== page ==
Saturday, June 14, 2008

CANDY (2006)


: R
: 108 minutes
: Neil Armfield (Twelfth Night; The Castanet Club)
: Neil Armfield (Twelfth Night)
: Abbie Cornish, Heath Ledger, Geoffrey Rush, Tom Budge, Tony Martin, Holly Austin, Noni Hazlehurst, Luke Davies

It’s hard to make a drug movie without making drugs look fun. Even the anti-drug movies are often mistaken as glamorizing addiction (“Trainspotting” for example). To a filmmaker’s credit there is that certain allure to why people use and to quote “Trainspotting”- there is an upside to using drugs after all- “we’re not fucking stupid. Or at least we’re not that fucking stupid”. The upside, of course, is not really an upside in the long run because the addiction eventually ruins everything and the upside ends up becoming a long, lost forgotten memory. That is what the heartbreaking drug movie, “Candy”, is about and it’s one of the only drug movies, along with “Requiem for a Dream”, that does a good job in showing that while drugs can cause the user pleasure, it is not worth the aftermath. “Trainspotting” is my all-time favorite film and while it did- unintentionally- provide me with a fascination with drugs, I still strongly believe it is an anti-drug film- though that movie did have a “happy” ending or at least an ending that hinted towards being happy. “Candy” is not that type of movie. It’s also not as good as “Trainspotting” or “Requiem for a Dream” and it’s bleak outlook, though brutally honest is what sometimes goes against it. People that complain that a lot of modern horror movies are nothing but torture films could make the same complaint here. The movie’s two protagonists, Candy (Abbie Cornish) and Dan (the late Heath Ledger- who tragically died the way his own character here might have), suffer through 95% of the movie. The drug glamour scenes are done and out of the way ten minutes in- Candy has all ready suffered a near fatal overdose and has whored herself out to a pawn shop owner for a few extra bucks so her and Dan can score. “Candy” is not a movie about the good times, it is a movie strictly about the bad times. While it may be not be as an intense as “Requiem for a Dream” was, if you found that a bummer at least you had the visual eye candy to ease your sorrow. “Candy” is told very matter of factly, without camera tricks or a thumping techno soundtrack, it is quite frankly (and trust me on this) one of the most realistic drug movies ever made. Candy and Dan are young lovers who at the beginning of the film have a lot of blooming talent- Candy is a painter and Dan a poet. They swim together in a pool, embraced in each other’s arms, lips interlocked. It is sad that an hour later into the film, they can barely to stand be around each other without substances. They try to kick, but end up stealing to use. They lie to each other. There is paranoia and jealousy. The movie goes to a lot of dark places other drug movies haven’t touched. That being said, it is almost too much to take. For me personally, the movie hit a little too close to home at times and I had to pause it to take a cigarette break. There is a dead baby sequence in here that trumps the dead baby sequence in “Trainspotting”- something I thought could never be trumped. “Candy” is like watching someone else’s nightmare, unless you were unfortunate enough to live through a similar nightmare. So the question is- do you want to watch something so painful for nearly two hours? Does this qualify as entertainment or does it just qualify as a stern warning to anyone that thinks there is glamour to that kind of lifestyle? If sitting in a car while your wife sleeps with a dirty old man for an extra twenty dollars so you can both get high for a couple of hours seems glamorous, then “Candy” is a movie that you need to watch. If you all ready feel that that’s something that you could never see yourself doing, then maybe you should watch it anyway. But don’t say I didn’t warn you when you the end credits roll up. An accurate drug movie is not going to be a good time and it’s not going to leave you with a good feeling- just like the real deal.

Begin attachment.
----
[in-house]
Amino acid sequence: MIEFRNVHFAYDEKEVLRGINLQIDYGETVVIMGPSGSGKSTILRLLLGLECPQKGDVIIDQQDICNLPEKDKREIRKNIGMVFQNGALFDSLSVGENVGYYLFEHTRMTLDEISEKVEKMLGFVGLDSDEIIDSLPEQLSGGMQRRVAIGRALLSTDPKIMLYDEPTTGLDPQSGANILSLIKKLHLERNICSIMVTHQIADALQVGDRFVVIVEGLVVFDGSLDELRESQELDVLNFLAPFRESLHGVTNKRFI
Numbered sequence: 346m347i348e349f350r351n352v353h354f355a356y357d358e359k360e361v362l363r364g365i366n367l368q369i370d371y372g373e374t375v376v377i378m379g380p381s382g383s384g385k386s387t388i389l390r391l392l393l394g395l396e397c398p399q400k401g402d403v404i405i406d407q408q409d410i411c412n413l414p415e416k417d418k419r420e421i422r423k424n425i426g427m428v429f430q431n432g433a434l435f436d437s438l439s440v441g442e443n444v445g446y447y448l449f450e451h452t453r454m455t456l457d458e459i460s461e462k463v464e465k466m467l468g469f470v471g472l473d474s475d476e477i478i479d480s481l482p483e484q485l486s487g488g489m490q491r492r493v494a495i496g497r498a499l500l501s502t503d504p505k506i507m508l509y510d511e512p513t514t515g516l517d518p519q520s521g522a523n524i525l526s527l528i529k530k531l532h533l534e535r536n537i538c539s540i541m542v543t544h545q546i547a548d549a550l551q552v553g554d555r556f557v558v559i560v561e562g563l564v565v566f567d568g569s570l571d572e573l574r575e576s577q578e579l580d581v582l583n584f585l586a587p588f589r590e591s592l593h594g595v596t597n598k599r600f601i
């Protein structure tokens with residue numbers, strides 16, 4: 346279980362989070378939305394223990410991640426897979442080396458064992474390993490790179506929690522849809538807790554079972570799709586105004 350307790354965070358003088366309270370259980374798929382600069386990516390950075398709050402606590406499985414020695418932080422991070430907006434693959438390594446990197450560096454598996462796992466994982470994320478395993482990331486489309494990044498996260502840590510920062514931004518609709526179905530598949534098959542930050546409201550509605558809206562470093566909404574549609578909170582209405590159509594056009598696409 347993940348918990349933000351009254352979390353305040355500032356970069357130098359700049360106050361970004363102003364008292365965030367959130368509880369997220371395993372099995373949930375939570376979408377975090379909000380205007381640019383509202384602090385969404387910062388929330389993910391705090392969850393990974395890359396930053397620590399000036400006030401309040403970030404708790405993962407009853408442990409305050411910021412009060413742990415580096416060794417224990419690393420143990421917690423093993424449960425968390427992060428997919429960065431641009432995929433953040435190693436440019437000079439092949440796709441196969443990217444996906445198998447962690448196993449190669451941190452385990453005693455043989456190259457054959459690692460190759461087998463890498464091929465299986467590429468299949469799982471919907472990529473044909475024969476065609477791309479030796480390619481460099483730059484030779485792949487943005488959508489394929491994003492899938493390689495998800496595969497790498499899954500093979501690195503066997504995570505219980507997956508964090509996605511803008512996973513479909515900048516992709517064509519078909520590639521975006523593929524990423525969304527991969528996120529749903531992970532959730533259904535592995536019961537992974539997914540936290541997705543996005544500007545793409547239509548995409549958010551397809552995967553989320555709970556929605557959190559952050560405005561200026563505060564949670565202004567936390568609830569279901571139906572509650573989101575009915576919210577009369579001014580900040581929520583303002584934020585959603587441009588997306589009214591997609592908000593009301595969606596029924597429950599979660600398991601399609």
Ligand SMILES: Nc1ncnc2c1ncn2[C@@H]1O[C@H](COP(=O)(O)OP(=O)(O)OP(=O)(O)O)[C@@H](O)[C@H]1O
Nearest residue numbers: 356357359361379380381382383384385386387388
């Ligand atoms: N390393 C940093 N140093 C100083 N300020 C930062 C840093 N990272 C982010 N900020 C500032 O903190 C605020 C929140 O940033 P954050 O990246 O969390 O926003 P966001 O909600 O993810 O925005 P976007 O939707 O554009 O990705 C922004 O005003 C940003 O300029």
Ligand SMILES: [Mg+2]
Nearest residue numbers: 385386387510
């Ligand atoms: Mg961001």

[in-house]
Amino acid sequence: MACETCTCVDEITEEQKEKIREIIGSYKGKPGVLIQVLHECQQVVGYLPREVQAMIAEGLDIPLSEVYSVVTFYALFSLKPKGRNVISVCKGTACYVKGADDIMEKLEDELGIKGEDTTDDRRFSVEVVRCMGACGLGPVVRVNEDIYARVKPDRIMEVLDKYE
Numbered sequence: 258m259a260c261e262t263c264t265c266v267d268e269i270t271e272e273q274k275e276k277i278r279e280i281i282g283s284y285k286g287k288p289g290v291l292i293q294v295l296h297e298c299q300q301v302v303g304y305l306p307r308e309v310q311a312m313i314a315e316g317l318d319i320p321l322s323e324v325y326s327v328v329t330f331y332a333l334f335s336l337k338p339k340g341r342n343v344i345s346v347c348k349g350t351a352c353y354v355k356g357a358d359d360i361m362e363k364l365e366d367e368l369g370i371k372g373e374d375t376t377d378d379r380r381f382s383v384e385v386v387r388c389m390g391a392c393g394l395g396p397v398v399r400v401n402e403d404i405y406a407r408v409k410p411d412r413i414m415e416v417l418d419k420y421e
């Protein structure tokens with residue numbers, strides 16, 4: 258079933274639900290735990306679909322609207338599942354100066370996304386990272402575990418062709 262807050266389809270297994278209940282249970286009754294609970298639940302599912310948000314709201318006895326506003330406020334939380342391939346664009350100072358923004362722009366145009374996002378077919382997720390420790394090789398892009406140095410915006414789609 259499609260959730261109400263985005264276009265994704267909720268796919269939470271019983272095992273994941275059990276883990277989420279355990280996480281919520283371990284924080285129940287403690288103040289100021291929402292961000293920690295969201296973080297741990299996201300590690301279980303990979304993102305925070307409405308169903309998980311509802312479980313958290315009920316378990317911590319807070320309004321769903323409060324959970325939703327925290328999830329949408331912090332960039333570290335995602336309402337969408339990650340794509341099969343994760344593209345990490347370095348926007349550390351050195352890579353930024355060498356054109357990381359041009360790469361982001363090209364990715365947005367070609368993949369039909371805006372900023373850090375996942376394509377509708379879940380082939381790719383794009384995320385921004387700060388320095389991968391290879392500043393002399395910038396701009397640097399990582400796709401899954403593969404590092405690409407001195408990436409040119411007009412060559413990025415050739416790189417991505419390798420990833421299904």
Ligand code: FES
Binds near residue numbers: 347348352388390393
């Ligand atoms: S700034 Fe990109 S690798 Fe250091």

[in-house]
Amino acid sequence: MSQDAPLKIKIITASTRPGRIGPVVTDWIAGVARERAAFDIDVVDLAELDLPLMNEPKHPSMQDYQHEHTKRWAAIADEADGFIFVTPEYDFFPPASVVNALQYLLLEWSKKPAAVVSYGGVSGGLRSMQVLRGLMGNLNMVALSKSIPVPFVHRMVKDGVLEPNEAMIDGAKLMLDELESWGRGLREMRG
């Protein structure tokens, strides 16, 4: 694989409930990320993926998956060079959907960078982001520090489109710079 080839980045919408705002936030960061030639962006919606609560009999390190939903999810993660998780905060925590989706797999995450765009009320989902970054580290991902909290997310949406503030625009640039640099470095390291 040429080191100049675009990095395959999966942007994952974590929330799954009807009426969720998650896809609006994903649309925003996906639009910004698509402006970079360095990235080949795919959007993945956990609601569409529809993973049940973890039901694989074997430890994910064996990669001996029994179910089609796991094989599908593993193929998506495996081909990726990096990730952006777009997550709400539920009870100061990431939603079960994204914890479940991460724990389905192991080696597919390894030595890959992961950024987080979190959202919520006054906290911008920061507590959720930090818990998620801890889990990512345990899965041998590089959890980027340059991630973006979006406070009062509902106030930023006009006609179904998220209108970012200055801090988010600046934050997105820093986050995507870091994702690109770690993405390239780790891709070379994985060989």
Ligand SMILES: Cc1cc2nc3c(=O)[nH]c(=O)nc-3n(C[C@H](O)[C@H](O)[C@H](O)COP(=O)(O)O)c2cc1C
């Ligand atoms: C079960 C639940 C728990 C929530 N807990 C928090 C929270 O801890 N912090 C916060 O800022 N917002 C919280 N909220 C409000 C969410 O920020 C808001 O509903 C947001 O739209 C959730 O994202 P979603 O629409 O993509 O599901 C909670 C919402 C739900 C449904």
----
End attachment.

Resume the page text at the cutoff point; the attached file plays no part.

Download Soundtrack MP3s:
Tim Buckley- Song to the Siren
Soul Coughing- Rolling

Buy the DVD Here
Buy the Soundtrack Here (Import)


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